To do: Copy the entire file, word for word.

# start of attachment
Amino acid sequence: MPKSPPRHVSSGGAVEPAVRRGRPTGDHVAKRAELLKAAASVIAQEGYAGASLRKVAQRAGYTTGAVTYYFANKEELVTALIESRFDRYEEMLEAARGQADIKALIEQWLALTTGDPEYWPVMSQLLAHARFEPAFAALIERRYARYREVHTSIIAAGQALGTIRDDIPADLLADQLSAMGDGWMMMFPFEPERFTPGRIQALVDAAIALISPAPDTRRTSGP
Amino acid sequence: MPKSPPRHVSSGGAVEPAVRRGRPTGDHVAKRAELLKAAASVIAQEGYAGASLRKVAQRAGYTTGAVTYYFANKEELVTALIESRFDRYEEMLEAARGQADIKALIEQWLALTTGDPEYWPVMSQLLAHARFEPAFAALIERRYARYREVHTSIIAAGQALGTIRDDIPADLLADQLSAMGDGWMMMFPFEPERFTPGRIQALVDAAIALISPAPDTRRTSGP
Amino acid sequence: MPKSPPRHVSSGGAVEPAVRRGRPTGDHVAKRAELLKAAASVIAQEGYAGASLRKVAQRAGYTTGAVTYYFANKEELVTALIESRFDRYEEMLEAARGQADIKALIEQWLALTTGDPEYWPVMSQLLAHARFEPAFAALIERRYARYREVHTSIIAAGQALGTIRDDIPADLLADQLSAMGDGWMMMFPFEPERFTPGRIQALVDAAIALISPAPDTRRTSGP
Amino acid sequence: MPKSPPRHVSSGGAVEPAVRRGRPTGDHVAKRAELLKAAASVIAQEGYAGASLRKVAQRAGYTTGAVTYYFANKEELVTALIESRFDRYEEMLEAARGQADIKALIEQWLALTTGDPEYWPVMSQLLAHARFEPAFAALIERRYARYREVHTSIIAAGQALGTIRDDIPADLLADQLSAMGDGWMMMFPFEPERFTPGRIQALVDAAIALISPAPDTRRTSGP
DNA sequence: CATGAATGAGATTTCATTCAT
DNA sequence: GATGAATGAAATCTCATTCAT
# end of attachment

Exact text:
Amino acid sequence: MPKSPPRHVSSGGAVEPAVRRGRPTGDHVAKRAELLKAAASVIAQEGYAGASLRKVAQRAGYTTGAVTYYFANKEELVTALIESRFDRYEEMLEAARGQADIKALIEQWLALTTGDPEYWPVMSQLLAHARFEPAFAALIERRYARYREVHTSIIAAGQALGTIRDDIPADLLADQLSAMGDGWMMMFPFEPERFTPGRIQALVDAAIALISPAPDTRRTSGP
Amino acid sequence: MPKSPPRHVSSGGAVEPAVRRGRPTGDHVAKRAELLKAAASVIAQEGYAGASLRKVAQRAGYTTGAVTYYFANKEELVTALIESRFDRYEEMLEAARGQADIKALIEQWLALTTGDPEYWPVMSQLLAHARFEPAFAALIERRYARYREVHTSIIAAGQALGTIRDDIPADLLADQLSAMGDGWMMMFPFEPERFTPGRIQALVDAAIALISPAPDTRRTSGP
Amino acid sequence: MPKSPPRHVSSGGAVEPAVRRGRPTGDHVAKRAELLKAAASVIAQEGYAGASLRKVAQRAGYTTGAVTYYFANKEELVTALIESRFDRYEEMLEAARGQADIKALIEQWLALTTGDPEYWPVMSQLLAHARFEPAFAALIERRYARYREVHTSIIAAGQALGTIRDDIPADLLADQLSAMGDGWMMMFPFEPERFTPGRIQALVDAAIALISPAPDTRRTSGP
Amino acid sequence: MPKSPPRHVSSGGAVEPAVRRGRPTGDHVAKRAELLKAAASVIAQEGYAGASLRKVAQRAGYTTGAVTYYFANKEELVTALIESRFDRYEEMLEAARGQADIKALIEQWLALTTGDPEYWPVMSQLLAHARFEPAFAALIERRYARYREVHTSIIAAGQALGTIRDDIPADLLADQLSAMGDGWMMMFPFEPERFTPGRIQALVDAAIALISPAPDTRRTSGP
DNA sequence: CATGAATGAGATTTCATTCAT
DNA sequence: GATGAATGAAATCTCATTCAT